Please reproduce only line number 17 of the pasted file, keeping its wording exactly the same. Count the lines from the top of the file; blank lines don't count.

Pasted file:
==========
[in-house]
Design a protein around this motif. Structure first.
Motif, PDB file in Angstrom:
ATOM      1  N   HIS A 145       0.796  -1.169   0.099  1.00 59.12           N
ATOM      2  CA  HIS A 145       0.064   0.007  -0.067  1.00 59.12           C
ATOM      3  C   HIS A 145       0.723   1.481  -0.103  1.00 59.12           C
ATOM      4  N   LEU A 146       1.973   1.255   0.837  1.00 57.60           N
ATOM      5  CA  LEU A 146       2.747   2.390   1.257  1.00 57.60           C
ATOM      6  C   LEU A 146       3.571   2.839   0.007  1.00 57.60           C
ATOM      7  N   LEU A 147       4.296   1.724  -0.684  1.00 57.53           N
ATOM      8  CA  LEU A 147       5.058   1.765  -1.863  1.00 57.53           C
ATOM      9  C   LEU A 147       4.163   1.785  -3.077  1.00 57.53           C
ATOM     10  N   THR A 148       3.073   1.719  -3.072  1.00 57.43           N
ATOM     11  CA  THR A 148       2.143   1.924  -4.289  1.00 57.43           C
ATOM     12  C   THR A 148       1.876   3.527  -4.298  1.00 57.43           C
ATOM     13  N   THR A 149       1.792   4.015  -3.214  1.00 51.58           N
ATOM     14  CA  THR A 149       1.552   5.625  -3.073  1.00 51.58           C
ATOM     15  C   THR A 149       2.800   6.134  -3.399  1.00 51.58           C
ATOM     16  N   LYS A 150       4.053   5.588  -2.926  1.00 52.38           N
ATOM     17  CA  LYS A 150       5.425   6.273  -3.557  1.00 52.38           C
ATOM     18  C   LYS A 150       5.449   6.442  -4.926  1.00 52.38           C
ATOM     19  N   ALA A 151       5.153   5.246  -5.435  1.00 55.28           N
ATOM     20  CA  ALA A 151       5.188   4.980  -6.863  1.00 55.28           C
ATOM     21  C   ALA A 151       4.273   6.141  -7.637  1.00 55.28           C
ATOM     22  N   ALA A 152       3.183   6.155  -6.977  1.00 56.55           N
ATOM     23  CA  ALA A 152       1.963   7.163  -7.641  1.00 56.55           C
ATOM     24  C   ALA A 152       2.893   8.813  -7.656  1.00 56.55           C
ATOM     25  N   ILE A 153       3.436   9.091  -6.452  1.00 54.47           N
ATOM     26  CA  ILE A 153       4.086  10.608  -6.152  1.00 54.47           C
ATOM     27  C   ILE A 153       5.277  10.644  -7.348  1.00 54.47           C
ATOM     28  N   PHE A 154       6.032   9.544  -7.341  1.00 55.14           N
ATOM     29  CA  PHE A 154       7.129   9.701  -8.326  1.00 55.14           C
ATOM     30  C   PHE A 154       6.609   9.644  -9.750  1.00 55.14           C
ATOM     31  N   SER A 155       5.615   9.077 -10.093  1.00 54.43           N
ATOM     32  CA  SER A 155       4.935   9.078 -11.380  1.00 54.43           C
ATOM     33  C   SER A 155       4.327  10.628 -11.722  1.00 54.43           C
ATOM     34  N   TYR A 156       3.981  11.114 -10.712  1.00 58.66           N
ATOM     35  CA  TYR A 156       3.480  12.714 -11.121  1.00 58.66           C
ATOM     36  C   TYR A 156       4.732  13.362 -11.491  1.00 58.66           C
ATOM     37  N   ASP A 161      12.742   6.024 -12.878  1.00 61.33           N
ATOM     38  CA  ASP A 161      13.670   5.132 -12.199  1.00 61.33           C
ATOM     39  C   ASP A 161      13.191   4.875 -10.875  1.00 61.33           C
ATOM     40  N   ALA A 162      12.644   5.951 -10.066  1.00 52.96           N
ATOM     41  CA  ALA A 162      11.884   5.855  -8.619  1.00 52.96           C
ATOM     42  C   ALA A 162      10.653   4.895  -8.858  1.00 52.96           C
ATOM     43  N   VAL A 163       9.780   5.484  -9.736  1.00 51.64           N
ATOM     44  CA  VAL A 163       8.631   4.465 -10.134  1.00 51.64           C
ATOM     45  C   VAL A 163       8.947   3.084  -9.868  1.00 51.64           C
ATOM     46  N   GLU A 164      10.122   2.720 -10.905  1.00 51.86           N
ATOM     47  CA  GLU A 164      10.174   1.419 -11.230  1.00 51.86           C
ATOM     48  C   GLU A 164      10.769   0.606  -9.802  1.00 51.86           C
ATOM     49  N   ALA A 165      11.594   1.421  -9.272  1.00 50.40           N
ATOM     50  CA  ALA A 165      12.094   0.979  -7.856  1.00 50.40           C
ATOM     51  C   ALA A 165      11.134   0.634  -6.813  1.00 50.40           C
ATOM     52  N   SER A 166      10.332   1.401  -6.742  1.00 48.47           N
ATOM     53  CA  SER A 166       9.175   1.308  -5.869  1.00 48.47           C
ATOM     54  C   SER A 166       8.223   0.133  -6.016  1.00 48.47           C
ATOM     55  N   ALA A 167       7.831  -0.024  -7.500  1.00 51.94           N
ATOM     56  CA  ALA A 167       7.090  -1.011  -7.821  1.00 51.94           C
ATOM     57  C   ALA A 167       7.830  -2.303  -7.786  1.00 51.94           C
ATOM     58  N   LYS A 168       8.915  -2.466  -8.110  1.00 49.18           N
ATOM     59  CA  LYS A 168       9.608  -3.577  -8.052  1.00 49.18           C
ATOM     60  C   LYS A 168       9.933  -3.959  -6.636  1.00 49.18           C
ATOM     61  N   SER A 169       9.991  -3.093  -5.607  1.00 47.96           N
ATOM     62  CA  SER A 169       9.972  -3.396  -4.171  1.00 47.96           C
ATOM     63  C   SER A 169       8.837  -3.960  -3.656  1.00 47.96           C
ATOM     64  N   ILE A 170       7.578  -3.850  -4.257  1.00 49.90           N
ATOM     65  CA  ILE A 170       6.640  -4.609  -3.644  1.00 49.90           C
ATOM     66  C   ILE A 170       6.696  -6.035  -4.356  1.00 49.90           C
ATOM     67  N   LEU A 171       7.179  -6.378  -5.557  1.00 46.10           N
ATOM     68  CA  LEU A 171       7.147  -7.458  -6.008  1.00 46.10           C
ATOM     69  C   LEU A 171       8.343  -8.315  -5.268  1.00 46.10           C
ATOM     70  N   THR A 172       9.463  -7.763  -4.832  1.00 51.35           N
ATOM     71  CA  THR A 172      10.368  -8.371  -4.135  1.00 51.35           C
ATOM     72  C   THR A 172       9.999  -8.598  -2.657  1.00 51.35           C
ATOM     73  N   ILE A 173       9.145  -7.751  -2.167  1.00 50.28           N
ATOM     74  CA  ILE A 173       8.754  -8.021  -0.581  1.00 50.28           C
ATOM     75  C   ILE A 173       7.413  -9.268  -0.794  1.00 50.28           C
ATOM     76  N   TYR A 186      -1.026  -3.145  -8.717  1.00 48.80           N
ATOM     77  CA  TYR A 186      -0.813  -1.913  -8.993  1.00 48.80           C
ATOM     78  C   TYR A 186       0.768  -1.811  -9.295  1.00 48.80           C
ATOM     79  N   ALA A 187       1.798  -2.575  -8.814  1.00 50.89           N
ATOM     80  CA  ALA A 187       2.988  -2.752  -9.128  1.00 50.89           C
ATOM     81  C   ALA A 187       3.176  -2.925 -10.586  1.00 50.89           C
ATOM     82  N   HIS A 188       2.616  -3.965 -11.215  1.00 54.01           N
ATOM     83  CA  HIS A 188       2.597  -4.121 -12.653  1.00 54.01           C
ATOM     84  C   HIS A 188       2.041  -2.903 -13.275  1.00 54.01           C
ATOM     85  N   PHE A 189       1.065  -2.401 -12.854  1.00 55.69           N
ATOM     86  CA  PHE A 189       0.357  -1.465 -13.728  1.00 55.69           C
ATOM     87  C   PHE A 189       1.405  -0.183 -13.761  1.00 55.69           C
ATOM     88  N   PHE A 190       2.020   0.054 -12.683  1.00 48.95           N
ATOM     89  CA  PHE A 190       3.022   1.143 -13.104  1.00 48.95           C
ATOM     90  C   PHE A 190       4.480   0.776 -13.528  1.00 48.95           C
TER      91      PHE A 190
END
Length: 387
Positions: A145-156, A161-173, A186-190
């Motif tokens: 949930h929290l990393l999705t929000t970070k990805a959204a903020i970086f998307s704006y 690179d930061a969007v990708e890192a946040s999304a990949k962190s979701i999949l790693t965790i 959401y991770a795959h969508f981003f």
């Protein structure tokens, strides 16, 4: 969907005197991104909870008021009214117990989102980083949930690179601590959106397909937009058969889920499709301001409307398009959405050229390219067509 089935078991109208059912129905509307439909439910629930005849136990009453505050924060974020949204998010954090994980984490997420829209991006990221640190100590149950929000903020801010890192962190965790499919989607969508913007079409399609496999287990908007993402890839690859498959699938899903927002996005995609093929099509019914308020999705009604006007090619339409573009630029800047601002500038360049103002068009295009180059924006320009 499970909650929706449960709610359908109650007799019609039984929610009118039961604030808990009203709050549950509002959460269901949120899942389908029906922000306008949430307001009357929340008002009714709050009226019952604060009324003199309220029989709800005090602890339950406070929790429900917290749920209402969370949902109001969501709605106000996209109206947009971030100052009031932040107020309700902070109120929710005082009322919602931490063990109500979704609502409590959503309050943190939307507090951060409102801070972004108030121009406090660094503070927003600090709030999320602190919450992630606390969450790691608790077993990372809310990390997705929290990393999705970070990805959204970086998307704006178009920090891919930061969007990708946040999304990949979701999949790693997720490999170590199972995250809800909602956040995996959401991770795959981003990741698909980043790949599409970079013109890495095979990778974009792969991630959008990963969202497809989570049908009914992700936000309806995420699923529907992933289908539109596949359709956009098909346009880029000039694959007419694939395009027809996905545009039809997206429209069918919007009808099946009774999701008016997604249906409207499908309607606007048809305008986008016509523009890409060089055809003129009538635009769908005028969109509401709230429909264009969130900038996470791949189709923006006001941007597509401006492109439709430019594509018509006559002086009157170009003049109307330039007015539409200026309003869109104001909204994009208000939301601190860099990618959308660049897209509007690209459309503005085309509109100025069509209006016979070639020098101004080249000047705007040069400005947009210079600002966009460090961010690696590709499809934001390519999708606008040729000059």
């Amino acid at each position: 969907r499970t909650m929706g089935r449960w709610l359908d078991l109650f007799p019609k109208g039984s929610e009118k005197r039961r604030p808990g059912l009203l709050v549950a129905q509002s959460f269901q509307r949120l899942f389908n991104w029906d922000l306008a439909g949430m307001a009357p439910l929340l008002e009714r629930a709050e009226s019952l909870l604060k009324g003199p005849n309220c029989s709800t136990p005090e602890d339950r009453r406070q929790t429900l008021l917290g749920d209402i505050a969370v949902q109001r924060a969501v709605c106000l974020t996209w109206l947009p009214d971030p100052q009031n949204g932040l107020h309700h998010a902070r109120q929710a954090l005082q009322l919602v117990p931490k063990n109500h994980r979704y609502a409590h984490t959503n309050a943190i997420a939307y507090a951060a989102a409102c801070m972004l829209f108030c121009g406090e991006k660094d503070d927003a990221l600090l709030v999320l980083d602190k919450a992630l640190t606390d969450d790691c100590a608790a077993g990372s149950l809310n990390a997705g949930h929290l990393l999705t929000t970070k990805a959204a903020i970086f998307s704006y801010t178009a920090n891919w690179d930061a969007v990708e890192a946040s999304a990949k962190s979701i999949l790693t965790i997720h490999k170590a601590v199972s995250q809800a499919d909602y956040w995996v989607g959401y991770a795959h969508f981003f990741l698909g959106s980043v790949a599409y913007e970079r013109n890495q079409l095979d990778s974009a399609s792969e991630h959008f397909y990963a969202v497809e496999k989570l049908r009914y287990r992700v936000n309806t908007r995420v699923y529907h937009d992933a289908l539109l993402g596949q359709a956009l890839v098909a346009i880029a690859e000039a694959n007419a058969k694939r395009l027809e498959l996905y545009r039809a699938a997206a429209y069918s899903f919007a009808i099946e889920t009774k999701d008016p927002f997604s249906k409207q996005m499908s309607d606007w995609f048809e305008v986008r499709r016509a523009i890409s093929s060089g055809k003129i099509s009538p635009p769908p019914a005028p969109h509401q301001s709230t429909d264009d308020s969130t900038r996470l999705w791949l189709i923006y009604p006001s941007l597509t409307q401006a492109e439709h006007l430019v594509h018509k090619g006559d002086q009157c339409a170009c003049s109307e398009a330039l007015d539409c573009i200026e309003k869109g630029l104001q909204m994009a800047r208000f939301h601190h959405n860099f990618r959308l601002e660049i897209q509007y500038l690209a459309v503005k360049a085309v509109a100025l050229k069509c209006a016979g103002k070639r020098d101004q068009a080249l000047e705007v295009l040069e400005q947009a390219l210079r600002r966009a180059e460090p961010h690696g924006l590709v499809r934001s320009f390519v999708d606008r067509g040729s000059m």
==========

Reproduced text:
ATOM     14  CA  THR A 149       1.552   5.625  -3.073  1.00 51.58           C